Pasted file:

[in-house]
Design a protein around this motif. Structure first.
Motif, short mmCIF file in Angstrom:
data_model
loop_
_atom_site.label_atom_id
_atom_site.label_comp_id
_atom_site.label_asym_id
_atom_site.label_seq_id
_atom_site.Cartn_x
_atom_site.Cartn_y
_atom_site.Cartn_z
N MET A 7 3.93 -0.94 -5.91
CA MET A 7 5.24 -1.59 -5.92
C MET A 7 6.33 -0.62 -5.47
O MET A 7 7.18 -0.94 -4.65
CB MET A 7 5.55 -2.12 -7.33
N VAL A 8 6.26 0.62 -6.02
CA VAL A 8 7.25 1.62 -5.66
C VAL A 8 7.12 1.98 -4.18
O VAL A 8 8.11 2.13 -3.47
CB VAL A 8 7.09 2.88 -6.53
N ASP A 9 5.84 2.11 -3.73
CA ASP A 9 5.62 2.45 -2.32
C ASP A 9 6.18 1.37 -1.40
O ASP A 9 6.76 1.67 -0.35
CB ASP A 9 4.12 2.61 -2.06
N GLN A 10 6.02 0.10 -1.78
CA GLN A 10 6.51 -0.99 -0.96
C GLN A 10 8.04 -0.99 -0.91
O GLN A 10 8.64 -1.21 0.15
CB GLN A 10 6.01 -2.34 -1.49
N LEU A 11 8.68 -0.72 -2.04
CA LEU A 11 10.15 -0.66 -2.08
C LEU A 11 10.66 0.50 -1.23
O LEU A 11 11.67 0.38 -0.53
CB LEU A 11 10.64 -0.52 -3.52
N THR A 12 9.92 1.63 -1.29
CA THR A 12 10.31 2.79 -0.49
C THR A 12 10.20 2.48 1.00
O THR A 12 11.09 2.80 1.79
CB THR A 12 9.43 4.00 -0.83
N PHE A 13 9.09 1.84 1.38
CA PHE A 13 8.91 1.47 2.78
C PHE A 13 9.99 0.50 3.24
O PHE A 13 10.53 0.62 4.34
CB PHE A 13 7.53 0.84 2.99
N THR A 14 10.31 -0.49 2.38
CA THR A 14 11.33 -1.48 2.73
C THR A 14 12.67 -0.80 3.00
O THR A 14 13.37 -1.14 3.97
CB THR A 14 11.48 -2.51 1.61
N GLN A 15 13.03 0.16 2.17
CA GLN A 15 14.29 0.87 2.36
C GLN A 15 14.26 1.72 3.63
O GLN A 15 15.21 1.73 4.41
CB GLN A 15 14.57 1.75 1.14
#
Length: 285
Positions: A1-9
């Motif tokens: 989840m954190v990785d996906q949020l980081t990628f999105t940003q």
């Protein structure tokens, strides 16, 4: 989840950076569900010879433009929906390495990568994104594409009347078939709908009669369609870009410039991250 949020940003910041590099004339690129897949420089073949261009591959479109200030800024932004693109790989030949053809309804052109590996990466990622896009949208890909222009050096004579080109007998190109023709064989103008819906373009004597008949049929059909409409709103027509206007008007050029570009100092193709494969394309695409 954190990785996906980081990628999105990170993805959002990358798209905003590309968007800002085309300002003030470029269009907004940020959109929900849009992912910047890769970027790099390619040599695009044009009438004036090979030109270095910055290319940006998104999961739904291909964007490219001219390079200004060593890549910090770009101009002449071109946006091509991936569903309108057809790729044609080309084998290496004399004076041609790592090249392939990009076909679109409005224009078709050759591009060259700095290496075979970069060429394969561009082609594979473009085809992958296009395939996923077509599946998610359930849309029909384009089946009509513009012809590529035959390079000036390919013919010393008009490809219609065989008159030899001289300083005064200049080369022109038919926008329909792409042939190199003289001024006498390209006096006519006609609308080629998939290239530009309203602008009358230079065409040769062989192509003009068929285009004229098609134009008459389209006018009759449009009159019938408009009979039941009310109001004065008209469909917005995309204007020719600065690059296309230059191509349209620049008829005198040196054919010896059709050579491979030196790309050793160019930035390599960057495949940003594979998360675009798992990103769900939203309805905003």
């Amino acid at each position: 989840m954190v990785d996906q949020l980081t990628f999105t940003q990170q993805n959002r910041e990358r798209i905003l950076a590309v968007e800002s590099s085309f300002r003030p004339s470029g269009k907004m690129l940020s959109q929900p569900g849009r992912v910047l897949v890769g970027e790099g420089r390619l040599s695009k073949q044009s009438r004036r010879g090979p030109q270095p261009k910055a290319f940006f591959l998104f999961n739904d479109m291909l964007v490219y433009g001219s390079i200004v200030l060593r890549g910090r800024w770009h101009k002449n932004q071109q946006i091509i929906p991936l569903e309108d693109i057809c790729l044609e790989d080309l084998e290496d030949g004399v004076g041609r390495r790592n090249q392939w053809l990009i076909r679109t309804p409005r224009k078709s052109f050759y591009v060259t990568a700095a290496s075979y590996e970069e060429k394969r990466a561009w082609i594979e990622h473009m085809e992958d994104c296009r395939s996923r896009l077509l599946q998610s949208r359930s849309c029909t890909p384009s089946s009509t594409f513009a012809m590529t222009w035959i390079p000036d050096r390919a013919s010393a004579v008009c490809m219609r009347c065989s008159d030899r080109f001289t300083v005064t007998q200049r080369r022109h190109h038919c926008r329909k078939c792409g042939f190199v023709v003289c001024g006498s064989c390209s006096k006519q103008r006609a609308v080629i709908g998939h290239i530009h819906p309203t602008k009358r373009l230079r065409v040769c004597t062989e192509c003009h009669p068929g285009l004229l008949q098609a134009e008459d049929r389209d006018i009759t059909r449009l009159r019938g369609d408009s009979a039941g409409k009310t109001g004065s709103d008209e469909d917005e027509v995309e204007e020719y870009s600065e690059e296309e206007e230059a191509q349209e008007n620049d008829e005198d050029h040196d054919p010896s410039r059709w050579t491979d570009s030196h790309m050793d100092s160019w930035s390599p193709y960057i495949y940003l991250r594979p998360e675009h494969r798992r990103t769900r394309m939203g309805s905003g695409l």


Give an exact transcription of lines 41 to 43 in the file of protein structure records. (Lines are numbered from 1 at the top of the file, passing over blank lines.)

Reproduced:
O THR A 12 11.09 2.80 1.79
CB THR A 12 9.43 4.00 -0.83
N PHE A 13 9.09 1.84 1.38